This is the tenth in a series of examinations of legends about television and the people involved in TV and whether they are true or false.
Click here to view an archive of the previous TV urban legends.
TV LEGEND: Jonathan Rollins on L.A. Law was based, at least in part, on Barack Obama.
In 1987, the hit television series L.A. Law introduced a brand new character, a young black lawyer named Jonathan Rollins, played by Blair Underwood. The character was created by the show’s co-creator, Stephen Botchco.
The character would become a major part of the series, staying on the show for the rest of the series’ run (all the way to the finale in 1994) and the character would become more and more of a central figure as the show went on (as other stars, like Jimmy Smits and Harry Hamlin, left).
An interesting facet of Rollins’ character was that he was the first black President of the Harvard Law Review.
This has led people, looking back, to wonder if the character was based, even in part (like perhaps the writers saw an article on the topic), on current United States President Barack Obama, who was the ACTUAL first black President of the Harvard Law Review.
As cool as that would be, Rollins’ creation actually predates Obama’s historic achievement (Underwood joined the show in 1987 while Obama did not even ATTEND Harvard Law School until 1988).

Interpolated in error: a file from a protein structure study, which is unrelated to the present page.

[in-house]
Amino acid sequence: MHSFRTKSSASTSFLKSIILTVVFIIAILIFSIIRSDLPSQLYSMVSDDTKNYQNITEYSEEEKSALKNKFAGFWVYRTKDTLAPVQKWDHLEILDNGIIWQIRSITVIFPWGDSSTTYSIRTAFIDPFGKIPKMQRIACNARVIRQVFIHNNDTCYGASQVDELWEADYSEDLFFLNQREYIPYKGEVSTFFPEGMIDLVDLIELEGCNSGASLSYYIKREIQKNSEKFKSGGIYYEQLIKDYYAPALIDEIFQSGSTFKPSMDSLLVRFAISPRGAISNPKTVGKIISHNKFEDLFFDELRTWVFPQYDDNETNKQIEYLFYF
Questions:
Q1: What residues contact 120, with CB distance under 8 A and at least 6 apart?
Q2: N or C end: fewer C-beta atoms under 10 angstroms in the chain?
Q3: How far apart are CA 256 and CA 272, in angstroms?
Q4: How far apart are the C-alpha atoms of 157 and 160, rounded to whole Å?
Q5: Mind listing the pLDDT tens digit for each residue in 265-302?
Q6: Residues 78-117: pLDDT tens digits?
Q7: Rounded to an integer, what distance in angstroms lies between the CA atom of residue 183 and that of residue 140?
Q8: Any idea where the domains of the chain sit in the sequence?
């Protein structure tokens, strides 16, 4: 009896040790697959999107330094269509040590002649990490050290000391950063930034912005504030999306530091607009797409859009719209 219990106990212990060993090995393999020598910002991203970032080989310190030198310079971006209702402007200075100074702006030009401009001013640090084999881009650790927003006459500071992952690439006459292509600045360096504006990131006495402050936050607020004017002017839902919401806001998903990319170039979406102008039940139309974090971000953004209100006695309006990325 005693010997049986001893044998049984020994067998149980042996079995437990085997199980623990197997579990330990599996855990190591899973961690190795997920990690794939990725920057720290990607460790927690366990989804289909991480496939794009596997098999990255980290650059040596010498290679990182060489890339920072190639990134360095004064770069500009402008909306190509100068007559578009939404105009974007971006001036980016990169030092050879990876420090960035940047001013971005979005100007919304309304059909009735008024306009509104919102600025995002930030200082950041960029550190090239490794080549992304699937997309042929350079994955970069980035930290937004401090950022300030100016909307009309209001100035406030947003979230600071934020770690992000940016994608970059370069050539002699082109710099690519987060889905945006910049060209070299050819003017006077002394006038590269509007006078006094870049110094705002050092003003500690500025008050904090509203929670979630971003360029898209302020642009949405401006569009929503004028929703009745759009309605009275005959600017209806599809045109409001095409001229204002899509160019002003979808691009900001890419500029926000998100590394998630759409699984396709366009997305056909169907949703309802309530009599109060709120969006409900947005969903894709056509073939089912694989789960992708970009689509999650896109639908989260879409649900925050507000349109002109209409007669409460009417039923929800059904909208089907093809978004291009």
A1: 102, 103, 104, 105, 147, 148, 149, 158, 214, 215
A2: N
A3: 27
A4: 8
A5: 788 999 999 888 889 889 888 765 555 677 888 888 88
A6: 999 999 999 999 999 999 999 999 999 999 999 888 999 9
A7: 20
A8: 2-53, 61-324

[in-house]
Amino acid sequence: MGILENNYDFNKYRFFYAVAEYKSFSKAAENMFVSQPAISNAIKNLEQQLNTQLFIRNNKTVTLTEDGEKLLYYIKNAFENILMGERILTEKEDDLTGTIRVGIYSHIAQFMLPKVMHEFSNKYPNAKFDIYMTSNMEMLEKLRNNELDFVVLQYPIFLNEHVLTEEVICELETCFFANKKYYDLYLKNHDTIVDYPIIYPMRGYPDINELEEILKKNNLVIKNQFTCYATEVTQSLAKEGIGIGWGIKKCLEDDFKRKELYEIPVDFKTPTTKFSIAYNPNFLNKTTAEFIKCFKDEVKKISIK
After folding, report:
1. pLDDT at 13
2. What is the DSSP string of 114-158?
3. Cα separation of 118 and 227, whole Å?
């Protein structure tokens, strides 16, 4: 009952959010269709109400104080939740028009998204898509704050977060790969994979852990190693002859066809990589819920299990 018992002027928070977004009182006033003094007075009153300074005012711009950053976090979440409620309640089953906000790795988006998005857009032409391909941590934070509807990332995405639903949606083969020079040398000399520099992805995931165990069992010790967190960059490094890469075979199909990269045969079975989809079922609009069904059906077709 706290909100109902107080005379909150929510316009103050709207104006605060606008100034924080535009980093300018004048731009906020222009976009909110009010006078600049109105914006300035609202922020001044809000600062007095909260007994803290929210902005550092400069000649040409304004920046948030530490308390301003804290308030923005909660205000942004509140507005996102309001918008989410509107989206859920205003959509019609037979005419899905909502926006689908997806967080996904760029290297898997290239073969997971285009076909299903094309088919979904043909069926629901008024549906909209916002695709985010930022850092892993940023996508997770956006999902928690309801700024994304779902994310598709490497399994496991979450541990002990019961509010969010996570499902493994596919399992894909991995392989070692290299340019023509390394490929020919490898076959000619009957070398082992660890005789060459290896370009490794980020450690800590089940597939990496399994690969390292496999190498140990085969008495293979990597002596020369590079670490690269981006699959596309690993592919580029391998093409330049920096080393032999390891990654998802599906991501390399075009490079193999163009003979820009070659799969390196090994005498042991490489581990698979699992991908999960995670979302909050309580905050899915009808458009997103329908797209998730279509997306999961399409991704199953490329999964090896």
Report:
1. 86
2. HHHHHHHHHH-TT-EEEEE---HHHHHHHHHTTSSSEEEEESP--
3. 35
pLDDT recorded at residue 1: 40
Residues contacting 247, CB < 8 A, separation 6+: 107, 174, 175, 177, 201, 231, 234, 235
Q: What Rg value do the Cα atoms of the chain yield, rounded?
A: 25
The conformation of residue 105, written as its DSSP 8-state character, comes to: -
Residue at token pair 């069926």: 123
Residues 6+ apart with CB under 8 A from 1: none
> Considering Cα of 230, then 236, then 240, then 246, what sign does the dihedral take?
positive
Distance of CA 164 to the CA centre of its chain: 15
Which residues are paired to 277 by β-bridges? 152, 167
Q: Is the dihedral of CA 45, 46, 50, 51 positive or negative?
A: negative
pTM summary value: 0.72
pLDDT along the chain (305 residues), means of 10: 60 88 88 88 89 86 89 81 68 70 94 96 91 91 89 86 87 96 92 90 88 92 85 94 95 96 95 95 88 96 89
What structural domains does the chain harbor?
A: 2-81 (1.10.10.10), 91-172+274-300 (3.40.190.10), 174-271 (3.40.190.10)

Blair Underwood, though, has told stories about a trip he and some producers of the show made to Harvard for a talk to students two or three years after his character’s introduction. At a dinner party after the event, he was approached by a student who informed him that he was the first black Editor-in-Chief of the Harvard Law Review.
Ever since then, Underwood made it a point to follow the progress of young Barack Obama (who, actually, is three years OLDER than Underwood).
This past presidential election, Blair Underwood was one of the many celebrities who campaigned heavily (and successfully) for the election of Obama as the President of the United States.
TV LEGEND: The TV series Caprica was originally pitched NOT as a Battlestar Galactica tie-in!
Caprica is a television series that works as a prequel to the acclaimed television series, Battlestar Galactica.
Starting 58 years before the first episode of Battlestar Galactica, Caprica shows the rise of the artificial intelligence known as the Cylons (while also, of course, showing what human society was like at the time, as well).
The series stars Eric Stoltz and Esai Morales.
Amazingly enough, though, the genesis of the series began with a screenplay having nothing to do with Battlestar Galactica at all!
You see, around 2006, Battlestar Galactica producers Ronald D. Moore and David Eick were working to develop a spin-off series of Battlestar Galactica for the Sci-Fi Channel. Their plan was to do a prequel for the series. However, as both men were still in the midst of producing the series itself, they did not have a lot of time to develop the idea.
In stepped screenwriter Remi Aubuchon, who tried to sell Universal Pictures a screenplay about artificial intelligence in 2006.
Universal Pictures turned him down, but forwarded the script to Universal TELEVISION, who realized that Aubochon’s screenplay might work beautifully with the idea that Moore and Eick were developing, so they arranged a meeting, and soon, the two ideas were merged into one and Caprica was born!